‘One of the rarest medical isotopes in the world’: Canadian orgs partner to advance cancer research

Two Canadian nuclear medicine organizations have teamed up to produce what they call the “rarest drug on Earth.”

Canadian Nuclear Laboratories (CNL) and TRIUMF, the country’s particle accelerator center have successfully produced actinium-225—a rare isotope that can be used for novel cancer therapy treatments, according to an announcement from the organizations.

“Together, CNL and TRIUMF have now successfully demonstrated the viability of our production and separation processes, which could eventually enable hundreds of thousands of medical treatments every year across Canada and around the world,” Mark Lesinski, president and CEO of CNL, said in the announcement. “This achievement is a major leap forward in the availability of one of the rarest medical isotopes in the world.”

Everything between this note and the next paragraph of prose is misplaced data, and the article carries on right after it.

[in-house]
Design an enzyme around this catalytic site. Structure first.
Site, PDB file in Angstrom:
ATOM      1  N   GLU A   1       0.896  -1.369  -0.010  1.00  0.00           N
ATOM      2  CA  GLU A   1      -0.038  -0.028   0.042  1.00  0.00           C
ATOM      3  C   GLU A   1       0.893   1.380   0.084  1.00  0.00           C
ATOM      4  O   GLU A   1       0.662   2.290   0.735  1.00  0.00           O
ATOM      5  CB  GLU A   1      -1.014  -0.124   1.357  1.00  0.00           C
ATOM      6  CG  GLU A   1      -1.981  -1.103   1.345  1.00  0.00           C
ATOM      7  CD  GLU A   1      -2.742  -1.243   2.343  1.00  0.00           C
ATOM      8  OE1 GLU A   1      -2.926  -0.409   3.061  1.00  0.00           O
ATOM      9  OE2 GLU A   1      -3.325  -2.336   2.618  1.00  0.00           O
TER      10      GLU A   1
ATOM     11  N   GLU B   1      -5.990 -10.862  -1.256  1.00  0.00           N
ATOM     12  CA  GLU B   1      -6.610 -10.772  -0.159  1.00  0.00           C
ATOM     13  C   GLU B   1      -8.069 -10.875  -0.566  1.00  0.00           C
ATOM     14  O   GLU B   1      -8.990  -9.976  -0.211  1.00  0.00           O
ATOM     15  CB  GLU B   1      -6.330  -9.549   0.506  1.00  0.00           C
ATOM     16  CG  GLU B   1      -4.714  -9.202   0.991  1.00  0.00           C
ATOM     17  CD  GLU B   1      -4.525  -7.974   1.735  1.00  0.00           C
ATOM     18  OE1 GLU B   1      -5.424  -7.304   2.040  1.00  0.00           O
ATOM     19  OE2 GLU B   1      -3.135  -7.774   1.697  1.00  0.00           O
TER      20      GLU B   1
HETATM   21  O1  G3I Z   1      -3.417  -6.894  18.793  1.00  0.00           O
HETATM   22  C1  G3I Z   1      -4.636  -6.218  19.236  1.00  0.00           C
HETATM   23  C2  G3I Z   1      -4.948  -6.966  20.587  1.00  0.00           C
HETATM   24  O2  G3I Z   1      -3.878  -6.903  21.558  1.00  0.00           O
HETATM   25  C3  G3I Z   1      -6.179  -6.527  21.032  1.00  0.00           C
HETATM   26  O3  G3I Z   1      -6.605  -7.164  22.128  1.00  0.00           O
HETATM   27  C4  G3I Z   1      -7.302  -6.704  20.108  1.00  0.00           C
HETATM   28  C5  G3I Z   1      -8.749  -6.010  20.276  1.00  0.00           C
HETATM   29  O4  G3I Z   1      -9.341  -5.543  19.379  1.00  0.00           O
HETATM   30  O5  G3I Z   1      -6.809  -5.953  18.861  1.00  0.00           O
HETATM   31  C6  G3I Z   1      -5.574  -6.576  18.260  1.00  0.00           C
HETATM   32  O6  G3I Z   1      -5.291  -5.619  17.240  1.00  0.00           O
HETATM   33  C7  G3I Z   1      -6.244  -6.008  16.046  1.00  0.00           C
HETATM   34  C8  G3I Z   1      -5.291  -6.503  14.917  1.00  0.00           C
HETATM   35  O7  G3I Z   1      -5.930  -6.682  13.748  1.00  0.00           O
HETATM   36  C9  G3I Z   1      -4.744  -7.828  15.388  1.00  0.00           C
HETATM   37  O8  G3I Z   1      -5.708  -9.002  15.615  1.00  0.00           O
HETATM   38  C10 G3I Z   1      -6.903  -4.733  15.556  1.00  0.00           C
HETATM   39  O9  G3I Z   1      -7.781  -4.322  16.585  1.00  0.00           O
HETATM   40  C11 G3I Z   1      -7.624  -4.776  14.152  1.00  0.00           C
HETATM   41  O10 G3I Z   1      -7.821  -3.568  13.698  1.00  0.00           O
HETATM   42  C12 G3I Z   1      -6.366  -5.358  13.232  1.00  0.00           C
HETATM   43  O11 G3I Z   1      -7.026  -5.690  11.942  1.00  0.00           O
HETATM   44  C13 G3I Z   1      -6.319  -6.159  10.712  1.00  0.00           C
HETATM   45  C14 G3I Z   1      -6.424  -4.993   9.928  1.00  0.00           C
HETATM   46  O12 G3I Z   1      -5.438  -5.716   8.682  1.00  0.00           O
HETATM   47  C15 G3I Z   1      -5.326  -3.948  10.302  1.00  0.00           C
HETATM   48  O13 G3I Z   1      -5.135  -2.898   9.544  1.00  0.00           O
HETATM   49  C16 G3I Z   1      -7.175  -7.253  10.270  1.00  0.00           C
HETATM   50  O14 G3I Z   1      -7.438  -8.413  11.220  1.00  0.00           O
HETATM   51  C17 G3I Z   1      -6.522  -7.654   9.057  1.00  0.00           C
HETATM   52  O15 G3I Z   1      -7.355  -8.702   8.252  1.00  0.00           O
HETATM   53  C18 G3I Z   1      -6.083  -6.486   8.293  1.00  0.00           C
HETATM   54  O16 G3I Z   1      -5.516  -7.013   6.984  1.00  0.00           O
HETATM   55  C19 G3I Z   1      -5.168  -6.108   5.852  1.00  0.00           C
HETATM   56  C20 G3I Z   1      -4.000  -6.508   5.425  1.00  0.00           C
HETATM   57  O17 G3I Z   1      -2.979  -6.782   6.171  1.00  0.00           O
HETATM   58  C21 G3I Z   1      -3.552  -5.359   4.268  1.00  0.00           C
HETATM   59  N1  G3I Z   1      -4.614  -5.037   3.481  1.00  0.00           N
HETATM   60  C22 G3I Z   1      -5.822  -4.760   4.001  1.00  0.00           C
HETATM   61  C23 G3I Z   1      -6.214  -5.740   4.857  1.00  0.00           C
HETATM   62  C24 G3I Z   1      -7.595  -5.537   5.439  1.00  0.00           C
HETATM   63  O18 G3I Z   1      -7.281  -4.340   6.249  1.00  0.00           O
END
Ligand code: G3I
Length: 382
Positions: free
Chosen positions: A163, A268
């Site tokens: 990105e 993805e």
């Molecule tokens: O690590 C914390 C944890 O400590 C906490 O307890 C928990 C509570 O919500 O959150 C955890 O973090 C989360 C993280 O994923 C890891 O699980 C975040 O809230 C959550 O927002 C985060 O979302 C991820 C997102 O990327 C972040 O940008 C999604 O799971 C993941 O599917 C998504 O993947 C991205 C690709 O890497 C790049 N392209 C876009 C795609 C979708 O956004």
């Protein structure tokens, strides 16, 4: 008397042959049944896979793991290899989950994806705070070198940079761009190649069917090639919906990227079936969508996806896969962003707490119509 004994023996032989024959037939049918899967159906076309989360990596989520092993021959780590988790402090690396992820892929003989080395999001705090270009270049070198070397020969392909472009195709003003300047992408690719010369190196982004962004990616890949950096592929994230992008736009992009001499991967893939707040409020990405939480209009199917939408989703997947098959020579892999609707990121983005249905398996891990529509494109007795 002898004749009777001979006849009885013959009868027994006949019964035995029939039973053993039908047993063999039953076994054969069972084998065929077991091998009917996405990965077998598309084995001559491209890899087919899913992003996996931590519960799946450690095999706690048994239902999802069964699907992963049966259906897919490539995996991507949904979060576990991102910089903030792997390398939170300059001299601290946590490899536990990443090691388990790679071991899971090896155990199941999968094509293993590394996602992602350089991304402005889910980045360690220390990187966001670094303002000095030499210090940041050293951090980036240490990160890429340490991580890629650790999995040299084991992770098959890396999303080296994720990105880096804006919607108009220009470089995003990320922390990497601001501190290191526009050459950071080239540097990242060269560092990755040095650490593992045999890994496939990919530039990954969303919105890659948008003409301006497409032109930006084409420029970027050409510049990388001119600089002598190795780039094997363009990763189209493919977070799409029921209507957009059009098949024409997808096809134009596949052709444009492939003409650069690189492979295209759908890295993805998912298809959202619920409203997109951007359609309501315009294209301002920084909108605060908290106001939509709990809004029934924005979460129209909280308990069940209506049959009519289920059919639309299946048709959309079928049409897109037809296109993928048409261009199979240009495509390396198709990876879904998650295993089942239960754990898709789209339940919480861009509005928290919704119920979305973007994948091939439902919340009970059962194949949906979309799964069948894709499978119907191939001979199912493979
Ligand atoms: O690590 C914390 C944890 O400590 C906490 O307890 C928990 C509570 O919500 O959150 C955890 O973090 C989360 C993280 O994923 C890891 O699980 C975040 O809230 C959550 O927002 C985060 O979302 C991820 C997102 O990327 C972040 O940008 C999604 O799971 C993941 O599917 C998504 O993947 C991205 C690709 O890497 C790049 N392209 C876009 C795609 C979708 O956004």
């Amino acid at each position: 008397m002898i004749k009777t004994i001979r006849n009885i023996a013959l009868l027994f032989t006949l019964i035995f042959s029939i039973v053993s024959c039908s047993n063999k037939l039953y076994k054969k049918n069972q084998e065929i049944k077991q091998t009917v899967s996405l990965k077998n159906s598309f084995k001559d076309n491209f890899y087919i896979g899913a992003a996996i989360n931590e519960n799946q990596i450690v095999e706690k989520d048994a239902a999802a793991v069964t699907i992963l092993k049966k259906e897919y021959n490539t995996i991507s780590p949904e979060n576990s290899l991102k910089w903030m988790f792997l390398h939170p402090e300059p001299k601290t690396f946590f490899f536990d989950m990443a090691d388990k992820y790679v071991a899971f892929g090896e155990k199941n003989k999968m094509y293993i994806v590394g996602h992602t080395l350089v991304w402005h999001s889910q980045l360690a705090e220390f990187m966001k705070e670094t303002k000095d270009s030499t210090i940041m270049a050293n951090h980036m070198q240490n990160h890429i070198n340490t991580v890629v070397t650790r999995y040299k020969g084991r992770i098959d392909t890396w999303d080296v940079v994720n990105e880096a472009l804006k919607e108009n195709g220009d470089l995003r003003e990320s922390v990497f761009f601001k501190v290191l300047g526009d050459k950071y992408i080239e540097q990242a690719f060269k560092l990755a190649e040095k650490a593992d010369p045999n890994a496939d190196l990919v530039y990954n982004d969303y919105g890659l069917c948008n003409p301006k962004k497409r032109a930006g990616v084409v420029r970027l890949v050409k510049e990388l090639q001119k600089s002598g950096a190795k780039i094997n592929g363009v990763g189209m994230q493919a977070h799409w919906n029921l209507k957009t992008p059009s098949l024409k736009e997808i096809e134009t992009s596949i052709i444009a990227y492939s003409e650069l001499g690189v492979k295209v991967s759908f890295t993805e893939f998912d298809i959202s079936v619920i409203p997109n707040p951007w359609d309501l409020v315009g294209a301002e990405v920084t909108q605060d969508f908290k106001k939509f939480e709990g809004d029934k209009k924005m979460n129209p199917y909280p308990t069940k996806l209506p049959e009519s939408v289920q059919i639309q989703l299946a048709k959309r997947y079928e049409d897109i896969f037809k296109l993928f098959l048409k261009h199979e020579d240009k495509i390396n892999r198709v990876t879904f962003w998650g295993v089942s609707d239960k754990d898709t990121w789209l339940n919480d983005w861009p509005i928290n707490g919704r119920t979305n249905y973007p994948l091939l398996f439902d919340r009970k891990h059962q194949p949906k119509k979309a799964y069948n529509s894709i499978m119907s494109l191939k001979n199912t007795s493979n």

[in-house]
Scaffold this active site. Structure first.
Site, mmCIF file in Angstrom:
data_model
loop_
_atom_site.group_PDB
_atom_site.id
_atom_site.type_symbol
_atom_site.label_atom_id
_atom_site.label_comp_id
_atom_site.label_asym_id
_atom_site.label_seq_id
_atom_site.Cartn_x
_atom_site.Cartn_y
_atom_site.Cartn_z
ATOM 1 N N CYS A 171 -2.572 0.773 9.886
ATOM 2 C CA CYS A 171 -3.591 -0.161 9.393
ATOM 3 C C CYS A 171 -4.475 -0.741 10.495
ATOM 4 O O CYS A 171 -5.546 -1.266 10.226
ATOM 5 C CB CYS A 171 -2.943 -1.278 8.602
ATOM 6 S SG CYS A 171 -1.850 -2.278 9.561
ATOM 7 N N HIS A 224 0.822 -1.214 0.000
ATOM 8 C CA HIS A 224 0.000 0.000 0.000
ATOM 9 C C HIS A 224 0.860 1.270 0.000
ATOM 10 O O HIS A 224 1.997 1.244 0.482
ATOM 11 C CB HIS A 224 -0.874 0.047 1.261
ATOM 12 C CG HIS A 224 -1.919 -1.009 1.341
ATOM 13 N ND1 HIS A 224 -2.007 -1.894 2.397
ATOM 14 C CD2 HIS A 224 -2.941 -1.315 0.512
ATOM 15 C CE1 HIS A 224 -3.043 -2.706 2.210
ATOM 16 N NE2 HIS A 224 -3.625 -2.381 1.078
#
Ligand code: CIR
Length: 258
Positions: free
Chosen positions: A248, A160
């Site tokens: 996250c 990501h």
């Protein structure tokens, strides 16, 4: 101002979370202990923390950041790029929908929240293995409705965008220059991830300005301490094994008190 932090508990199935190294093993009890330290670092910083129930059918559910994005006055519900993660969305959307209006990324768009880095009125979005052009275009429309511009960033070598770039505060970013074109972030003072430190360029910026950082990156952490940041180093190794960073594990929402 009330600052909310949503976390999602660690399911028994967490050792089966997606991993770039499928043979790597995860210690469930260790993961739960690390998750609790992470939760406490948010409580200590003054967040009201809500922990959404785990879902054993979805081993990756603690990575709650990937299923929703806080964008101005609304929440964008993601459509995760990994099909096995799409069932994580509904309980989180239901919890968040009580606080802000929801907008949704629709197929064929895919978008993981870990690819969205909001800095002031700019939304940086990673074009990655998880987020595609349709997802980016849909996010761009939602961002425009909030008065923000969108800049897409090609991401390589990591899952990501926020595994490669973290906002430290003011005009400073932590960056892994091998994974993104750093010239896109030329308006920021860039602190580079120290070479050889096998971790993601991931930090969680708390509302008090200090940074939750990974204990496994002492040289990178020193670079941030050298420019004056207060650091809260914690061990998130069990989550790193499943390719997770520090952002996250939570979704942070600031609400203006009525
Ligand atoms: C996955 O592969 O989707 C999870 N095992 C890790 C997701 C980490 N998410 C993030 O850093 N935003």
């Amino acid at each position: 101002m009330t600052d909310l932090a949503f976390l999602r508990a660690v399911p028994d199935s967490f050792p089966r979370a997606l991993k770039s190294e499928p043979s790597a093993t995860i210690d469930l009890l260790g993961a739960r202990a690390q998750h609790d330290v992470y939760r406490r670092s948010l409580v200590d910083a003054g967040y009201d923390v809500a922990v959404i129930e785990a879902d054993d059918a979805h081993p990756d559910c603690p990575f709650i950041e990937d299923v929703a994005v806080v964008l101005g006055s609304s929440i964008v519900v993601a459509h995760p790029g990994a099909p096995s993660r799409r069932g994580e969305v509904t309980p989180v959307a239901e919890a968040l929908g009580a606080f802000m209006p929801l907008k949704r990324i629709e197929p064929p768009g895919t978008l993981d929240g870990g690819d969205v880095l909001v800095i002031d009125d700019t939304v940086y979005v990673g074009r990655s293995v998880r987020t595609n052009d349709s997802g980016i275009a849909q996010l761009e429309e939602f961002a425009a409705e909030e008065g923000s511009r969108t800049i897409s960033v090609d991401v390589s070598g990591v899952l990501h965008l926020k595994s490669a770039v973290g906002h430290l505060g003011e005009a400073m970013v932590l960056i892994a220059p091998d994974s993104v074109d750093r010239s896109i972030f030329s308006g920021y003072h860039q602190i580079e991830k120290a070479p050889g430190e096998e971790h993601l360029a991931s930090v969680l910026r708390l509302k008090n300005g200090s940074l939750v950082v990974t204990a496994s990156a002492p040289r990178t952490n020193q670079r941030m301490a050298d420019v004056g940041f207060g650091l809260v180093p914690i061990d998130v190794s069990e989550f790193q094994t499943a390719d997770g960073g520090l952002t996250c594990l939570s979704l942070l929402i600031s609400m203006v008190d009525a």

Actinium-255 can be combined with a protein or antibody designed to target and kill cancer cells. It’s short half-life of 10 days allows it to decay without depositing in a patient’s body—a treatment known as targeted alpha therapy.

While the approach has shown potential in early studies, current global supply of the isotope would only be enough to treat a “handful” of patients each year.

The teams believe this is a “major milestone” in making the radioisotope more widely available for clinical trials.

“There is still a long road to travel before these treatments are generally available to the public, but we’ve overcome a big hurdle that has prevented researchers from verifying the promising results that have been seen in early laboratory testing,” said Kathryn McCarthy, vice-president of science and technology at CNL.